It's So Easy to Say NO, Follow British Columbia's Lead

It’s not that hard to say NO to a tar sands pipeline, here’s how British Columbia (BC) did it today:

Enbridge proposed its Northern Gateway pipeline to the BC government and … tada! they said NO.

If a Canadian province can do it, why should it be so difficult for the US to make the same decision?

It didn’t take years to decide either, just a quick overview of the facts: officials didn’t find any evidence that Enbridge (given its sterling performance in Kalamazoo and elsewhere) could transport the oil safely or that it had a sufficient response plan for spills
should they occur.

"British Columbia thoroughly reviewed all of the evidence and submissions made to the panel and asked substantive questions
about the project, including its route, spill response capacity and financial structure to handle any incidents.  Our questions were not satisfactorily answered during these hearings," BC Environment Minister Terry Lake, told CBC News.

Enbridge will return to quell their fears with answers to their concerns next month. After that the province will present its final report to the federal government, which unfortunately, will make the decision on whether the pipeline can go ahead.

The Northern Gateway is a $5.5-billion project where two pipelines would stretch over 1,177-kilometers from Alberta to a port in northern British Columbia, carrying 525,000 barrels of oil a day.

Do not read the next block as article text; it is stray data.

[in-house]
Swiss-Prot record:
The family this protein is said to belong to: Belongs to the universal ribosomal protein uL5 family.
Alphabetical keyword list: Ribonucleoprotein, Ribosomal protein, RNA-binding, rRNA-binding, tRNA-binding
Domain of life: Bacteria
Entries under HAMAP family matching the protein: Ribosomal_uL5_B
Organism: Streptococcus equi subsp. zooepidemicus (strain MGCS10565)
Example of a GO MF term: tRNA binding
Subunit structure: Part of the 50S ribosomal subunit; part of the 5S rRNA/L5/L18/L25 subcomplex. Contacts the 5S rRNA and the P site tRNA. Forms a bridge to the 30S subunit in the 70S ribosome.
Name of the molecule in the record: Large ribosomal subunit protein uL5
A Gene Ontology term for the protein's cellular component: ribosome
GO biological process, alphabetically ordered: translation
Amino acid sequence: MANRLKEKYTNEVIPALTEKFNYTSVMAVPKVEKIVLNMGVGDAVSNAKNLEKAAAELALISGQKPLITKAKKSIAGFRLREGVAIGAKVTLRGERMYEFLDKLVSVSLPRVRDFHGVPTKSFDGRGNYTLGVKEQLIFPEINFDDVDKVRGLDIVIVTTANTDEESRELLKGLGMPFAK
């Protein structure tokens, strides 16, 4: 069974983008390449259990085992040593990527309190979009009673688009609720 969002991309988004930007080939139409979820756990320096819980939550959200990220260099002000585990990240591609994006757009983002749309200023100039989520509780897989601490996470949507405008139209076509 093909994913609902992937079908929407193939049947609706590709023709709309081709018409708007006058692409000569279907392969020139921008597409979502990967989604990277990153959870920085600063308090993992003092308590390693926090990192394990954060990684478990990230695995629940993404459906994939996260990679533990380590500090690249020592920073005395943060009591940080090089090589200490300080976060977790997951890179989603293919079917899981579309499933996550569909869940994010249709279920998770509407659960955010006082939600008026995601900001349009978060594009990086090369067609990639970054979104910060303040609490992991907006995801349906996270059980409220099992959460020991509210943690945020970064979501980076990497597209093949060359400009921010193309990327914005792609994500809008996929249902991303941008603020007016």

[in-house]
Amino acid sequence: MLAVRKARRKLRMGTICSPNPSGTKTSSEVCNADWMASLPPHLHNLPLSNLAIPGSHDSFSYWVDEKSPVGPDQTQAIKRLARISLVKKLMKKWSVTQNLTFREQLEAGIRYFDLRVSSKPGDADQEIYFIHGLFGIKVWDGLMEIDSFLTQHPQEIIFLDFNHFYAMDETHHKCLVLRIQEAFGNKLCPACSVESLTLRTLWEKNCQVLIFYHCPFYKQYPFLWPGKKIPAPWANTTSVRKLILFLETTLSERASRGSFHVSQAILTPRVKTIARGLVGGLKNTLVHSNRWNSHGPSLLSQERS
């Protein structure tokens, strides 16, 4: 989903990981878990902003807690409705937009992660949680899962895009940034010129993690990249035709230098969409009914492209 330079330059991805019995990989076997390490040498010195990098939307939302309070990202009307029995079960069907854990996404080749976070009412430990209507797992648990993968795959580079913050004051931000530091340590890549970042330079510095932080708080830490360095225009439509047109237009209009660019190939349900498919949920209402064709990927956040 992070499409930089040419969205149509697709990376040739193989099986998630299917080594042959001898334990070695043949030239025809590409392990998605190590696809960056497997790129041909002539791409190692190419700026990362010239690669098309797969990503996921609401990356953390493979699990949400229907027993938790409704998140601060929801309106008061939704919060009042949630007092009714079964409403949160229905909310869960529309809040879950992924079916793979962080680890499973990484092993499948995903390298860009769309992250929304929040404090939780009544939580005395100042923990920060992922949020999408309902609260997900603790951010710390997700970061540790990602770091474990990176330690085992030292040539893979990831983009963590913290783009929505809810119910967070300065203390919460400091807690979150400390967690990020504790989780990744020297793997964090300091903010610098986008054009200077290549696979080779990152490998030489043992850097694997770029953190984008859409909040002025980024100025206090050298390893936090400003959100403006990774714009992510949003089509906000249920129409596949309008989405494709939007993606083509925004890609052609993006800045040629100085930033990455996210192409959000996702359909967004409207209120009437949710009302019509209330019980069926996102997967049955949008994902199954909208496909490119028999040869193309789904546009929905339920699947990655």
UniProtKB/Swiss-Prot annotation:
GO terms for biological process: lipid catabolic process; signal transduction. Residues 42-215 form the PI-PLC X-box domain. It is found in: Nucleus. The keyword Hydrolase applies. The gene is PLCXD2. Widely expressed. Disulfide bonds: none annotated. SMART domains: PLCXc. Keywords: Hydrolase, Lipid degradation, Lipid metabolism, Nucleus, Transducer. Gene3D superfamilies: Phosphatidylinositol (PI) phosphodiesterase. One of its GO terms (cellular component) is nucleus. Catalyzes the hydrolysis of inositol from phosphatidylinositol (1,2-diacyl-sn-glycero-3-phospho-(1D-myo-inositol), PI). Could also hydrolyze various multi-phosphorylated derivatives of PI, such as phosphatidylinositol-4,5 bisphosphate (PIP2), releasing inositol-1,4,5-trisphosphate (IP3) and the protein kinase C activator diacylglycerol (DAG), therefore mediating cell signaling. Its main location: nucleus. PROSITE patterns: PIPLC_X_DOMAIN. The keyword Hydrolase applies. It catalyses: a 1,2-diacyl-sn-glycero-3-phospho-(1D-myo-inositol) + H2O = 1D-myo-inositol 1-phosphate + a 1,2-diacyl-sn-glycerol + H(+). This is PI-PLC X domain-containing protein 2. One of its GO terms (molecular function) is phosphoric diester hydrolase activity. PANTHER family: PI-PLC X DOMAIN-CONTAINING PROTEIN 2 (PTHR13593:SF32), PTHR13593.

BC’s government writes:

"The project before JRP (Joint Review Panel) is not a typical pipeline. For  example: the behavior in water of the material to be transported is incompletely understood; the terrain the pipeline would cross is not only remote, it is in many places extremely difficult to access; the impact of spills into pristine river environments would be profound.

"In these particular and unique circumstances, Enbridge should not be granted a certificate on the basis of a promise to do more study and planning once the certificate is granted. The standard in this particular case must be higher."

"’Trust me’ is not good enough in this case."

The proposed pipeline has been the subject of persistent, vociferous opposition from BC citizens.


BC’s Coastal First Nations congratulated the government for rejecting the pipeline: "The Coastal First Nations have banned oil tankers from their traditional territories in the Great Bear Rainforest, and have invested more than $300 million dollars over the past decade to establish a sustainable economy on the coast."

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